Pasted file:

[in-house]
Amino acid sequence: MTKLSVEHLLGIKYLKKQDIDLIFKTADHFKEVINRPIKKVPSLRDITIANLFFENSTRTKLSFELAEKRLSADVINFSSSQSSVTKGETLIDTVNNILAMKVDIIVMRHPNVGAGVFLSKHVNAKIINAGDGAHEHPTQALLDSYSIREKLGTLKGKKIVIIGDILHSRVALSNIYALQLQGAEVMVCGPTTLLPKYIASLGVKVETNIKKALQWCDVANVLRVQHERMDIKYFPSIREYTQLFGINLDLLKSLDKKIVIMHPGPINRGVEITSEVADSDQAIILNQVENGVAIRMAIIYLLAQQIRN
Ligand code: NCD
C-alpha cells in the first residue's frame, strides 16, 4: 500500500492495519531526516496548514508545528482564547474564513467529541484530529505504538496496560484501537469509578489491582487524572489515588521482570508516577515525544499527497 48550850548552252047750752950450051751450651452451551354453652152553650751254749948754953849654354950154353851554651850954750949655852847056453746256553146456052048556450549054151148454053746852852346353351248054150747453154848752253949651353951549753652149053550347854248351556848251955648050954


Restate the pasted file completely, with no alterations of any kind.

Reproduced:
[in-house]
Amino acid sequence: MTKLSVEHLLGIKYLKKQDIDLIFKTADHFKEVINRPIKKVPSLRDITIANLFFENSTRTKLSFELAEKRLSADVINFSSSQSSVTKGETLIDTVNNILAMKVDIIVMRHPNVGAGVFLSKHVNAKIINAGDGAHEHPTQALLDSYSIREKLGTLKGKKIVIIGDILHSRVALSNIYALQLQGAEVMVCGPTTLLPKYIASLGVKVETNIKKALQWCDVANVLRVQHERMDIKYFPSIREYTQLFGINLDLLKSLDKKIVIMHPGPINRGVEITSEVADSDQAIILNQVENGVAIRMAIIYLLAQQIRN
Ligand code: NCD
C-alpha cells in the first residue's frame, strides 16, 4: 500500500492495519531526516496548514508545528482564547474564513467529541484530529505504538496496560484501537469509578489491582487524572489515588521482570508516577515525544499527497 48550850548552252047750752950450051751450651452451551354453652152553650751254749948754953849654354950154353851554651850954750949655852847056453746256553146456052048556450549054151148454053746852852346353351248054150747453154848752253949651353951549753652149053550347854248351556848251955648050954